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BioMed Research International
Volume 2017, Article ID 5387948, 7 pages
https://doi.org/10.1155/2017/5387948
Research Article

Correlation between Pathological Characteristics and Young’s Modulus Value of Spastic Gastrocnemius in a Spinal Cord Injury Rat Model

1Department of Rehabilitation, The 3rd Affiliated Hospital of Sun Yat-sen University, Guangzhou, China
2Department of Ultrasound, The 3rd Affiliated Hospital of Sun Yat-sen University, Guangzhou, China
3Institute of Medical Information, School of Biomedical Engineering, Southern Medical University, Guangzhou, China
4Department of Gastroenterology Surgery, The 3rd Affiliated Hospital of Sun Yat-sen University, Guangzhou, China

Correspondence should be addressed to Wei-ping Guo; moc.621@658gnipwg and Zu-lin Dou; moc.361@luzuod

Received 30 August 2017; Accepted 3 December 2017; Published 27 December 2017

Academic Editor: Yongjin Zhou

Copyright © 2017 Li Jiang et al. This is an open access article distributed under the Creative Commons Attribution License, which permits unrestricted use, distribution, and reproduction in any medium, provided the original work is properly cited.

Abstract

The goal of the present study were (1) to investigate the pathological characteristics of gastrocnemius muscle (GM) and quantitatively assess GM tissue stiffness in rat models with spinal cord injury (SCI) and (2) to explore the correlation between pathological characteristics changes and Young’s modulus value of GM. 24 Sprague Dawley male rats were allocated into normal control groups and SCI model subgroups, respectively. GM stiffness was assessed with shear wave sonoelastography technology. All GMs were further analyzed by pathological examinations. GM weights were decreased, the ratio of type I fibers was decreased, and the ratio of type II fibers was increased in the GM in the model group. MyHC-I was decreased, while MyHC-II was increased according to the electrophoretic analysis in model subgroups. The elastic modulus value of GM was increased in the model group. A significant negative correlation was found between Young’s modulus value of GM and the ratio of type I fibers of GM in model subgroup. Our studies showed that the stiffness of GM is correlated with pathological characteristics during the initial stages of SCI in rats. We also identified shear wave sonoelastography technology as a useful tool to assess GM stiffness in SCI rat models.

1. Introduction

Spasticity is a common disorder in patients with injury of the brain and spinal cord. Severe spasticity impacts patient limb function and subsequently their daily life. Previous studies have shown that spastic skeletal muscle secondary structures changes (such as shortening of muscle fibers, increased connective tissue, and adipose tissue) can modify certain biomechanical properties, such as increased stiffness levels [1, 2]. Understanding the pathophysiology of spasticity may provide important clues to its treatment. According to studies on the pathophysiology of spasticity, exaggerated reflexes and secondary changes in mechanical muscle fibers properties have a major role in spastic movement disorder [3]. Clinically, spasticity is associated with increased muscle tone, stiffness, and eventual joint contractures [4]. Spastic muscle stiffness can reflect the level of spasticity. The assessment of spastic muscle stiffness is conductive to the development of personalized spasticity treatment strategy but also helpful to study the effectiveness of the therapeutic intervention.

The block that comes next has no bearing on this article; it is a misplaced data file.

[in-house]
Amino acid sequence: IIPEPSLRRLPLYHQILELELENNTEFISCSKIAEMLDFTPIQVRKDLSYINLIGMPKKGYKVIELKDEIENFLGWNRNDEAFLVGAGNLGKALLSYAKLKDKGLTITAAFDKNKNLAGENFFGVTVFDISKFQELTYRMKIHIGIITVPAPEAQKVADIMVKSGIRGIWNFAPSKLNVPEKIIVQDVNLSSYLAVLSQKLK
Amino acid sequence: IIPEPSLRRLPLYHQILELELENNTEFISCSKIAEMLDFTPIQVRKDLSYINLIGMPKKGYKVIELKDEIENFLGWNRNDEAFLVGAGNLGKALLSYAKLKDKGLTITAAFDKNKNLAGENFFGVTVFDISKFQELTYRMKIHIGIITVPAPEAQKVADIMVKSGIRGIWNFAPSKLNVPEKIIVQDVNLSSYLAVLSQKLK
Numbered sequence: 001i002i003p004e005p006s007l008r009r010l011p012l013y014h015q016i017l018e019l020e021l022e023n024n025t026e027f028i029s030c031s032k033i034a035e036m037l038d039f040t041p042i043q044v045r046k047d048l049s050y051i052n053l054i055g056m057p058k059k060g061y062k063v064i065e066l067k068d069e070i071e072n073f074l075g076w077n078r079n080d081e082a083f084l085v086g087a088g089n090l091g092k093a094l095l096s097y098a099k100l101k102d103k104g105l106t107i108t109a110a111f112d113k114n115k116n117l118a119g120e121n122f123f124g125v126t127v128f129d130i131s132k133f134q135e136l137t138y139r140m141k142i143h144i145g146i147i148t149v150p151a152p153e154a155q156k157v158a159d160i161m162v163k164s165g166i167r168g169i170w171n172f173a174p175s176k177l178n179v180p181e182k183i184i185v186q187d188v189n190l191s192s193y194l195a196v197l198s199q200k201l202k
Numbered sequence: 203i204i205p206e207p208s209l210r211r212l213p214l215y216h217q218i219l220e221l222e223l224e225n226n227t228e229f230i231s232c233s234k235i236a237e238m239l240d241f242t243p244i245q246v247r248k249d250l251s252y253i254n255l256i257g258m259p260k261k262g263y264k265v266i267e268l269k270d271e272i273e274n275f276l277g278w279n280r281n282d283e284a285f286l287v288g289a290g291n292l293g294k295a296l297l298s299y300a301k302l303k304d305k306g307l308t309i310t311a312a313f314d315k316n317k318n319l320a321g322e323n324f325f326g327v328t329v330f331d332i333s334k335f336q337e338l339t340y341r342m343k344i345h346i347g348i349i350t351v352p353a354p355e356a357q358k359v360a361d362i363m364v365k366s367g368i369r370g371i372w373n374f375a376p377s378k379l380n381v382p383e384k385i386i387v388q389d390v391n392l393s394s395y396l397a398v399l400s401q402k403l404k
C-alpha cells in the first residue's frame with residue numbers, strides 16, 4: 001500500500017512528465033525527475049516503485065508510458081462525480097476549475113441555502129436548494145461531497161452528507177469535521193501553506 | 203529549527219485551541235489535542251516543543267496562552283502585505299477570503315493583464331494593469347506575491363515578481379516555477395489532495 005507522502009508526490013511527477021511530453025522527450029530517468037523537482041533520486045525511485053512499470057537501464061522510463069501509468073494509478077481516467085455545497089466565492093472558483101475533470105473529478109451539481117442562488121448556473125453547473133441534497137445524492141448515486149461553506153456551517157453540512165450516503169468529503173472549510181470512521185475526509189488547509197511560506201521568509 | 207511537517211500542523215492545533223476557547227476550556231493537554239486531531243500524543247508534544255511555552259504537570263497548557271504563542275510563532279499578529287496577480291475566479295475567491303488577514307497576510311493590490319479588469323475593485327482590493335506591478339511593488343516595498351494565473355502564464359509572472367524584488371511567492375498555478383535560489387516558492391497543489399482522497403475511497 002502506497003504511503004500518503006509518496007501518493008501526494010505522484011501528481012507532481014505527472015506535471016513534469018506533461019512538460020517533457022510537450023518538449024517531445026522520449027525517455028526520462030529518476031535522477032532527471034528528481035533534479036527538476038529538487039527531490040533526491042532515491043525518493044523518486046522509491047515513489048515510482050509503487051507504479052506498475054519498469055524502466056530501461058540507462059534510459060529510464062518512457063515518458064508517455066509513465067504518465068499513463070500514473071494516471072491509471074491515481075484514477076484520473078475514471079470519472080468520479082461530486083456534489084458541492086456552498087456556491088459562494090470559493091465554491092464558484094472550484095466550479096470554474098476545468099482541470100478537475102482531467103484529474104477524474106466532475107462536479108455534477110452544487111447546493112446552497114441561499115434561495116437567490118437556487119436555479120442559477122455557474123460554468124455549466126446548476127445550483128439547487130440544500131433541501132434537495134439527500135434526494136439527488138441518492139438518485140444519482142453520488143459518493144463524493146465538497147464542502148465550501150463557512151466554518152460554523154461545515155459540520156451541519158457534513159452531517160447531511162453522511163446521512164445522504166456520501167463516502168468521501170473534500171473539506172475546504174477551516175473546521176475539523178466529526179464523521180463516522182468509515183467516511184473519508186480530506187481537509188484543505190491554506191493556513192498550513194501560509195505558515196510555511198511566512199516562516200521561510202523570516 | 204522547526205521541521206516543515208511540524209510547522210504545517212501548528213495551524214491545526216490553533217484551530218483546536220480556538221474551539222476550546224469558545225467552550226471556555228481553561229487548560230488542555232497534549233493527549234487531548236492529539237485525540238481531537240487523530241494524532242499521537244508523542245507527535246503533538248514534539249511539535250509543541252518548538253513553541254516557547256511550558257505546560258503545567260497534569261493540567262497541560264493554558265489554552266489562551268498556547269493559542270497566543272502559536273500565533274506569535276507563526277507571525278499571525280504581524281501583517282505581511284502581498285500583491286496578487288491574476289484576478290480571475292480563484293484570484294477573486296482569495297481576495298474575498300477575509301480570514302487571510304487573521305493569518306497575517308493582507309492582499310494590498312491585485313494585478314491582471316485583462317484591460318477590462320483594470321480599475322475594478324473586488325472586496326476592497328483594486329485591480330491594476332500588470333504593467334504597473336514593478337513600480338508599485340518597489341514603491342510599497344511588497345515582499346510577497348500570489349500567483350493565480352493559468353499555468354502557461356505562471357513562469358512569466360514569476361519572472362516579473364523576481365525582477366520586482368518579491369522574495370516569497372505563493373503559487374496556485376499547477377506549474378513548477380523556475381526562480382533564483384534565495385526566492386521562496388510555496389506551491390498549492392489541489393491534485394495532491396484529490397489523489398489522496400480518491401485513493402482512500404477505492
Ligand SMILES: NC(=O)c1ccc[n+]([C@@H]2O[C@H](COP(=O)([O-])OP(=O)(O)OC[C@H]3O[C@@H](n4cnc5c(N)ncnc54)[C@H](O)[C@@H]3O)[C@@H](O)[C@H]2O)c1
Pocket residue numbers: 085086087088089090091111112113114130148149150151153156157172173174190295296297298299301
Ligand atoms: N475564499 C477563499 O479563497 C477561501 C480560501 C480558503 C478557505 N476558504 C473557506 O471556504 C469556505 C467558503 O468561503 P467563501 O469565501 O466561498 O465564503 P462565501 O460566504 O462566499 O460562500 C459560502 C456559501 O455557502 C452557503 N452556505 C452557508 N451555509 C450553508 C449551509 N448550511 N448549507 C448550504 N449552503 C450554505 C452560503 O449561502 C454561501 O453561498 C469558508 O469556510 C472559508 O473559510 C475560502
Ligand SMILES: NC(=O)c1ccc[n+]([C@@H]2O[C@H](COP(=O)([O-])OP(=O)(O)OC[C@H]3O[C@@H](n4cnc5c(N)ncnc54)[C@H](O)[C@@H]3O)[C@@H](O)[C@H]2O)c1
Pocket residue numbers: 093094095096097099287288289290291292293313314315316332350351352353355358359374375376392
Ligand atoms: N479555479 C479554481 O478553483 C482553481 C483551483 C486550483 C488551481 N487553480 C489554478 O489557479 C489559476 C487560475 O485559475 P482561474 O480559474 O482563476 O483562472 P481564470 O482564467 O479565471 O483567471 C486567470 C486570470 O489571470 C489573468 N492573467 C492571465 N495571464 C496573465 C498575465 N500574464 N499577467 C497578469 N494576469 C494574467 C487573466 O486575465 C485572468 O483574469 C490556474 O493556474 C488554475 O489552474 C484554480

Clinicians often judge the changes in muscle hardness by passively pulling the spastic limbs and touching the spastic muscle, and the assessment results are greatly influenced by the subjective factors from the examiner. It is essential to have an objective, quantifiable method of measuring spasticity muscle stiffness. Sonoelastography can directly detect Young’s modulus value of biological tissue to determine its elasticity. On sonoelastographic images, a relaxed muscle structure will appear mostly soft (green blue), while contracted or degenerated muscle fiber will appear hard (red) [5]. This imaging method further promotes the comparison of elastic properties under various physiological conditions [6]. Despite its known advantages, this technique has been applied for the evaluation of spastic muscles stiffness following UMN injury [5, 7].